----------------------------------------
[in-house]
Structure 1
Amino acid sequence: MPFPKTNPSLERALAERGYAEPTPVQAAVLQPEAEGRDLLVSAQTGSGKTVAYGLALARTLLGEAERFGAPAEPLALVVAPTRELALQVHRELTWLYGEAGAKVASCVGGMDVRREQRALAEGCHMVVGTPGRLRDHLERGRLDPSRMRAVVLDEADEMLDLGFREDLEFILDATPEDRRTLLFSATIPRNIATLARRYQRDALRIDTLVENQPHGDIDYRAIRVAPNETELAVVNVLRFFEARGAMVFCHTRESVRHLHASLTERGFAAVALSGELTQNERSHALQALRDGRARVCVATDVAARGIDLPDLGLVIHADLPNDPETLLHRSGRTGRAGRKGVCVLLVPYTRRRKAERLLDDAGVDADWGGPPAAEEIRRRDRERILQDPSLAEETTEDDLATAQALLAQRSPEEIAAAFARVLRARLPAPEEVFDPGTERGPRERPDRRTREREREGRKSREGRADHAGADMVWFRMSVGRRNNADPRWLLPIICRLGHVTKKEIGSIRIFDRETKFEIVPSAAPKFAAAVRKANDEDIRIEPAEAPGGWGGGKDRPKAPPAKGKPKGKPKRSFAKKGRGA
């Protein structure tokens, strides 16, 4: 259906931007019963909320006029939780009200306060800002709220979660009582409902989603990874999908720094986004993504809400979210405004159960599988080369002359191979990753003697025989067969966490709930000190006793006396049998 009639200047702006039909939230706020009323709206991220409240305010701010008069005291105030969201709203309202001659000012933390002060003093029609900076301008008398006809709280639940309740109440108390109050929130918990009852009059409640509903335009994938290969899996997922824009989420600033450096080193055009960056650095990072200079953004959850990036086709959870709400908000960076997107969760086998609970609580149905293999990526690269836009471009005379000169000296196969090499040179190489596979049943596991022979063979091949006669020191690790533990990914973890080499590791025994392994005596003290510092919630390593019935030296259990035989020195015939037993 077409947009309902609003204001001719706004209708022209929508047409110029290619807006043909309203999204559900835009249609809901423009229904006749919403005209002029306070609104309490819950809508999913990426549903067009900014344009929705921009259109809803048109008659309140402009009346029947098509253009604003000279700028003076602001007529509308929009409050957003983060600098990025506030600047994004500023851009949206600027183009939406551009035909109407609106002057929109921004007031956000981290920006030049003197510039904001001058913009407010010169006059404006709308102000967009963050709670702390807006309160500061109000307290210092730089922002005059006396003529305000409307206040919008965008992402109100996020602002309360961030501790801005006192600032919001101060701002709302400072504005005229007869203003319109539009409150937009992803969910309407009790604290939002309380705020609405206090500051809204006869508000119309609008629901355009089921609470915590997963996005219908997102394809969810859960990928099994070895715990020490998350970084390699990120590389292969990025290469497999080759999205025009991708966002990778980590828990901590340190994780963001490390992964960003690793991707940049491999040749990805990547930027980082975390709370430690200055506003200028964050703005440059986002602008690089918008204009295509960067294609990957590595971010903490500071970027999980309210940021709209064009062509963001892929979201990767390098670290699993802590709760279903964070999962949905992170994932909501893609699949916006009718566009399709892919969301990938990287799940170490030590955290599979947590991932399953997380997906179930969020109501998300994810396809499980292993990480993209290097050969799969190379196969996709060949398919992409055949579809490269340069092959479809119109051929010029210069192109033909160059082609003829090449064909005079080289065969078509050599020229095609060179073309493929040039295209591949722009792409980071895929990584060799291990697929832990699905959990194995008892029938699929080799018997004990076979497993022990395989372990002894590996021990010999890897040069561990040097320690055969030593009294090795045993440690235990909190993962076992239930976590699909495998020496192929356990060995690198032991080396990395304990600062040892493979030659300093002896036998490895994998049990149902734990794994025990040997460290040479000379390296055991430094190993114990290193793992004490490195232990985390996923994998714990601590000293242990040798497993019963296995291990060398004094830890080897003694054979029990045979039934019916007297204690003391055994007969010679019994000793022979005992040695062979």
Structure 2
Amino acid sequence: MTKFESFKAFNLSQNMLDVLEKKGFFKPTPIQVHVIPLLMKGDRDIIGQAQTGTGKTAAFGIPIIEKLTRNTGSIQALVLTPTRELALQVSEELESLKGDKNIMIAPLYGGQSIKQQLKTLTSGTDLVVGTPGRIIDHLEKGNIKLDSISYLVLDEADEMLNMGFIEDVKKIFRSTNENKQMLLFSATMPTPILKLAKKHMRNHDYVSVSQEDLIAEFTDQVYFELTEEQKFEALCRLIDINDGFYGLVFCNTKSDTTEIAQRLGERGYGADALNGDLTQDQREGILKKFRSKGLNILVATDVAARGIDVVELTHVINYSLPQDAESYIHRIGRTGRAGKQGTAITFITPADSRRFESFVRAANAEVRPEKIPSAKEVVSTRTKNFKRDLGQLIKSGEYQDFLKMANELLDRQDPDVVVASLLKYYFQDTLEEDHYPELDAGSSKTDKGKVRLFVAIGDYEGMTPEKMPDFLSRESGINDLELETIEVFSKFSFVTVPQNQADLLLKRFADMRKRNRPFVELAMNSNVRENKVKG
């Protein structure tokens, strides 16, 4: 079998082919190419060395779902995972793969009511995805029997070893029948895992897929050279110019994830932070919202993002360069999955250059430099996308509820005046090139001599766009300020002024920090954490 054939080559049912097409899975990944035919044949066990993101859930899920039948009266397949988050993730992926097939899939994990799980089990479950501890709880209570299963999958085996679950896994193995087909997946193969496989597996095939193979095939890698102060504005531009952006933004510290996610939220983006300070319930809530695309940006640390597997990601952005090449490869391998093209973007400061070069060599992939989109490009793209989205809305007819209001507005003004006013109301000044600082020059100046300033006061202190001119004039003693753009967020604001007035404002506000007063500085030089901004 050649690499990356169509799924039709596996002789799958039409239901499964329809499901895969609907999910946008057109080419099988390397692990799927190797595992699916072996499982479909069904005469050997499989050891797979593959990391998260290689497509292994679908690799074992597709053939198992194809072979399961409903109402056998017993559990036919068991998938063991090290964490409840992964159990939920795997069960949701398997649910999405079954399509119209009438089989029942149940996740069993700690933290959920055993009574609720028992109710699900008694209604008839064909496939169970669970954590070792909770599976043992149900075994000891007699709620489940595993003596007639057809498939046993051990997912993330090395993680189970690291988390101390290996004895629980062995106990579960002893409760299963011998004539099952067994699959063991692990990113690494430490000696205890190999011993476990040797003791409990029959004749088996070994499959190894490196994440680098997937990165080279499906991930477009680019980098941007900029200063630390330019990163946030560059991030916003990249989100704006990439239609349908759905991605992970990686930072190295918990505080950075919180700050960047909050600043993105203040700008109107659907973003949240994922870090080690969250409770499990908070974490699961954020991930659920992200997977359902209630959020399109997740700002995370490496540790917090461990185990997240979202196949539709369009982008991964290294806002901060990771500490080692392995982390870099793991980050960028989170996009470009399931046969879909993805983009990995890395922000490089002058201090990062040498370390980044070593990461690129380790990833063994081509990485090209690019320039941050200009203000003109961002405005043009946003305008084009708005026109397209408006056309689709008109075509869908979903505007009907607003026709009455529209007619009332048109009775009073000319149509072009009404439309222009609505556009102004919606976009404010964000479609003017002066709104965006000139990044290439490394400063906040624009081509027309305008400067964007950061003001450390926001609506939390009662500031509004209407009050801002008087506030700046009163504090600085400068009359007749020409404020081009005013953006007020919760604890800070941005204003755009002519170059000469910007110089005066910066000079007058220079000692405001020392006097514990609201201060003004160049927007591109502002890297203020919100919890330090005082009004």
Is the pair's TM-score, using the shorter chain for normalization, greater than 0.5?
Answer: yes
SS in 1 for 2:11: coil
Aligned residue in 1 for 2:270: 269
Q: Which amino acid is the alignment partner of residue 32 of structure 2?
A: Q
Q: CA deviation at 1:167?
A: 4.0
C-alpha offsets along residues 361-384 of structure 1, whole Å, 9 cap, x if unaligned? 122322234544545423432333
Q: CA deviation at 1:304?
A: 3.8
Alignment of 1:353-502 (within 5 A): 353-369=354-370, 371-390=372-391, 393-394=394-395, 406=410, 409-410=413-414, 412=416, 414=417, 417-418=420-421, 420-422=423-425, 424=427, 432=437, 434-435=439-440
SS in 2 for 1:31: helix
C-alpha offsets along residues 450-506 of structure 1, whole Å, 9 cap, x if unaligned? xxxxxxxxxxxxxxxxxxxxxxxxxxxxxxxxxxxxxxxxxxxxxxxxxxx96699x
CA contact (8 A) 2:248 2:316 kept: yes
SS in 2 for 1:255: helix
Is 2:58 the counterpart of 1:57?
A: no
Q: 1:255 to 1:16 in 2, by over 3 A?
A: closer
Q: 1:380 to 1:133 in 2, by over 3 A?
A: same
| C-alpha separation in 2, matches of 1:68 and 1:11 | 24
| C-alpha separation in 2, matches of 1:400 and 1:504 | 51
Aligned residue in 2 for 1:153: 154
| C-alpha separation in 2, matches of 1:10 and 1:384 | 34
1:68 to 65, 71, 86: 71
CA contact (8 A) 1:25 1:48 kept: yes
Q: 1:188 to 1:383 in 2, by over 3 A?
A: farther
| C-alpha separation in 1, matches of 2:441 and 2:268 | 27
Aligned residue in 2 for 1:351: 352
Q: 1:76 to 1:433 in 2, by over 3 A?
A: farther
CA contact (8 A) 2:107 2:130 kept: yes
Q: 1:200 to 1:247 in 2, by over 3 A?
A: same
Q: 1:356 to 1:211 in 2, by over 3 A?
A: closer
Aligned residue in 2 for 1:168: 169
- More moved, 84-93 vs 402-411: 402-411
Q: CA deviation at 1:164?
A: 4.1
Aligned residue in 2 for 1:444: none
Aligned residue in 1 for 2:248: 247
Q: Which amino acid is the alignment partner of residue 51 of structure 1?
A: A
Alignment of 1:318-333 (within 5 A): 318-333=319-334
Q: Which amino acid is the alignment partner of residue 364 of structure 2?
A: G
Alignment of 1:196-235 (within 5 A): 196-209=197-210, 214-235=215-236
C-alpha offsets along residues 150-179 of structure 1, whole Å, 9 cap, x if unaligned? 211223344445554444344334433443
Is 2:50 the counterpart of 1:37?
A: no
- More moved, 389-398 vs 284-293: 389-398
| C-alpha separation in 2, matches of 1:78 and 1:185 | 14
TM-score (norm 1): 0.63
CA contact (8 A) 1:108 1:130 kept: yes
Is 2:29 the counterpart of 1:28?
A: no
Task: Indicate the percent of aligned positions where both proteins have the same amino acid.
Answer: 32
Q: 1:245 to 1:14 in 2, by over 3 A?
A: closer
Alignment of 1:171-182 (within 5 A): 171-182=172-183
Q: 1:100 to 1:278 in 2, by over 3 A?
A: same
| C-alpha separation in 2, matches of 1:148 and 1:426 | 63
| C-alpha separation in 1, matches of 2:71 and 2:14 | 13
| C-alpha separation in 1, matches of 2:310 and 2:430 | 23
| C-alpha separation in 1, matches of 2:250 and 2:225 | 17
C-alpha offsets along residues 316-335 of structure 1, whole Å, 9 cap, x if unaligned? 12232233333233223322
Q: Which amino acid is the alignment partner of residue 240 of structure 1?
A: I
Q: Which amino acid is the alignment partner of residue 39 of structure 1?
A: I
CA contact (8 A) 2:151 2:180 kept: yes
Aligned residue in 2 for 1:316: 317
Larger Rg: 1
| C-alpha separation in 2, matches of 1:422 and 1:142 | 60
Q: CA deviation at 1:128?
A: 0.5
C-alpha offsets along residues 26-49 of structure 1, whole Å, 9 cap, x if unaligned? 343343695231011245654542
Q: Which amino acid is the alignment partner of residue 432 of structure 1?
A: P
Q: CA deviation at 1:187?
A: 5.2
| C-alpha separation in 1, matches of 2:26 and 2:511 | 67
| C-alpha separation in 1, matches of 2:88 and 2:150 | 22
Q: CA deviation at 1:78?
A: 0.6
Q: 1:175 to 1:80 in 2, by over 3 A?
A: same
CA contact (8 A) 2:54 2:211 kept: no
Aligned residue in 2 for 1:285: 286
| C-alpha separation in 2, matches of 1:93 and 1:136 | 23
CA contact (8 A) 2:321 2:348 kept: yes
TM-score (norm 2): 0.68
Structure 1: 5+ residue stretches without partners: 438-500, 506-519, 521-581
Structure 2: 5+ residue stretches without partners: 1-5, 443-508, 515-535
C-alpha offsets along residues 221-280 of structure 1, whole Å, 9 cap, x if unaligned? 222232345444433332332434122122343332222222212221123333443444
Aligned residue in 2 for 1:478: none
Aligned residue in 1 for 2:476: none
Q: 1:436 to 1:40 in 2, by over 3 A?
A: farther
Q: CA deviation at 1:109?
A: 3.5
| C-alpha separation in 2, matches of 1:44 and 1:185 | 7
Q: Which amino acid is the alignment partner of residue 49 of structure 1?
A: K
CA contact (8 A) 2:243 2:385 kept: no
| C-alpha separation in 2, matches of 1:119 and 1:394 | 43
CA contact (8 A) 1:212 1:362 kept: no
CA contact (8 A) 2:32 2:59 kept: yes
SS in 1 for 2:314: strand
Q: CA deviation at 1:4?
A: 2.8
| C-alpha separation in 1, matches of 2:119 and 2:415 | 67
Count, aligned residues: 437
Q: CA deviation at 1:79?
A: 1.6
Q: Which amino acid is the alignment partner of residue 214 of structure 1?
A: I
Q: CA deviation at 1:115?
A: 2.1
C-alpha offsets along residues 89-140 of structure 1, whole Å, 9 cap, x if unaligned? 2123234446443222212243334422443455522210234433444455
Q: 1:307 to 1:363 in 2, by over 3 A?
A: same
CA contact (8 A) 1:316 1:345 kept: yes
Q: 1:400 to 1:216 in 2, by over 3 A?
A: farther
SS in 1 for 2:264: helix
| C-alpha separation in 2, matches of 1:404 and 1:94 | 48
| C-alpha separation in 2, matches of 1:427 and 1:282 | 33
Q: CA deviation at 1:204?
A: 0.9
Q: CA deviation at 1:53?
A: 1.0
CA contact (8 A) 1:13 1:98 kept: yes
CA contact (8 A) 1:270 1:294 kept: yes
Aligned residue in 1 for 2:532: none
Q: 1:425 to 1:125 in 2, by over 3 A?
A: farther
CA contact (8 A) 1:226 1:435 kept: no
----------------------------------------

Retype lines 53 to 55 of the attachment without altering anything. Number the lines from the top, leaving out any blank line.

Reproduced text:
Q: Which amino acid is the alignment partner of residue 51 of structure 1?
A: A
Alignment of 1:318-333 (within 5 A): 318-333=319-334